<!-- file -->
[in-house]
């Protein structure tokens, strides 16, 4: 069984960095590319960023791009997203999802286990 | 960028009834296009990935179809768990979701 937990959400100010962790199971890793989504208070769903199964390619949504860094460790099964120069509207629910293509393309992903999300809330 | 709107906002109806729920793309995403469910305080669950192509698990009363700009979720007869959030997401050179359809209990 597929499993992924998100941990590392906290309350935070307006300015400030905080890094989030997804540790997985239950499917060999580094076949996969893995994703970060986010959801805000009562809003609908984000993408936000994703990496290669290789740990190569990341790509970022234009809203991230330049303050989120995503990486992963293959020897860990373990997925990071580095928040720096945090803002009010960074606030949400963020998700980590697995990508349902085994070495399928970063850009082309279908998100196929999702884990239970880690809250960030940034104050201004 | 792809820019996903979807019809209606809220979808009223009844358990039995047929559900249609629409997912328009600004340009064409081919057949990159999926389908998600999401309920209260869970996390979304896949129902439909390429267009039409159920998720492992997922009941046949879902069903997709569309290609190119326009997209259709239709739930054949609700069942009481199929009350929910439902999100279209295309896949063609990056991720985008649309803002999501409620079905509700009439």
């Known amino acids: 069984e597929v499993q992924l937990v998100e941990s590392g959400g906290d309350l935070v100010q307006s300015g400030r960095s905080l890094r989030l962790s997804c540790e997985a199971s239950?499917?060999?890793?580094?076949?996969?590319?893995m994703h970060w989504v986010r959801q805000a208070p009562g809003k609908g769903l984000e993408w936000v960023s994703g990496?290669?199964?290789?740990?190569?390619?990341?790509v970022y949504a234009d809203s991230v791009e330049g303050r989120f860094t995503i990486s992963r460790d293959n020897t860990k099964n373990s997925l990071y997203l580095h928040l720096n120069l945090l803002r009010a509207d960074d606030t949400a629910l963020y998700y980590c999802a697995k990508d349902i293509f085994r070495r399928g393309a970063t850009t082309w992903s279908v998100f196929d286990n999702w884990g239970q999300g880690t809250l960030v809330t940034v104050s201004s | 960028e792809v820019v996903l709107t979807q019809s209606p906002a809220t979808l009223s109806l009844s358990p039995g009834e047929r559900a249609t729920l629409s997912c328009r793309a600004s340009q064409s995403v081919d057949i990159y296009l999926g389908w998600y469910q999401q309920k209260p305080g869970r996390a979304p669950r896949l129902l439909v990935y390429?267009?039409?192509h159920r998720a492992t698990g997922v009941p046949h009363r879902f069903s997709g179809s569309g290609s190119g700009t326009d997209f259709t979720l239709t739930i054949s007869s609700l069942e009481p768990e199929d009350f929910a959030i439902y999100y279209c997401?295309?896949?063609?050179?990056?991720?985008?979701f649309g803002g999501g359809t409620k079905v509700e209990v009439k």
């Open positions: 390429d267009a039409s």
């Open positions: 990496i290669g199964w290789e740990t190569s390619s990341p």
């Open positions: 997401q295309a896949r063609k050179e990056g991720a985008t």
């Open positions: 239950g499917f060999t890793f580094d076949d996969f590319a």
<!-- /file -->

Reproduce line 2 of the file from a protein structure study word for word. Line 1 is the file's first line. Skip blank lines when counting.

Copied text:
């Protein structure tokens, strides 16, 4: 069984960095590319960023791009997203999802286990 | 960028009834296009990935179809768990979701 937990959400100010962790199971890793989504208070769903199964390619949504860094460790099964120069509207629910293509393309992903999300809330 | 709107906002109806729920793309995403469910305080669950192509698990009363700009979720007869959030997401050179359809209990 597929499993992924998100941990590392906290309350935070307006300015400030905080890094989030997804540790997985239950499917060999580094076949996969893995994703970060986010959801805000009562809003609908984000993408936000994703990496290669290789740990190569990341790509970022234009809203991230330049303050989120995503990486992963293959020897860990373990997925990071580095928040720096945090803002009010960074606030949400963020998700980590697995990508349902085994070495399928970063850009082309279908998100196929999702884990239970880690809250960030940034104050201004 | 792809820019996903979807019809209606809220979808009223009844358990039995047929559900249609629409997912328009600004340009064409081919057949990159999926389908998600999401309920209260869970996390979304896949129902439909390429267009039409159920998720492992997922009941046949879902069903997709569309290609190119326009997209259709239709739930054949609700069942009481199929009350929910439902999100279209295309896949063609990056991720985008649309803002999501409620079905509700009439």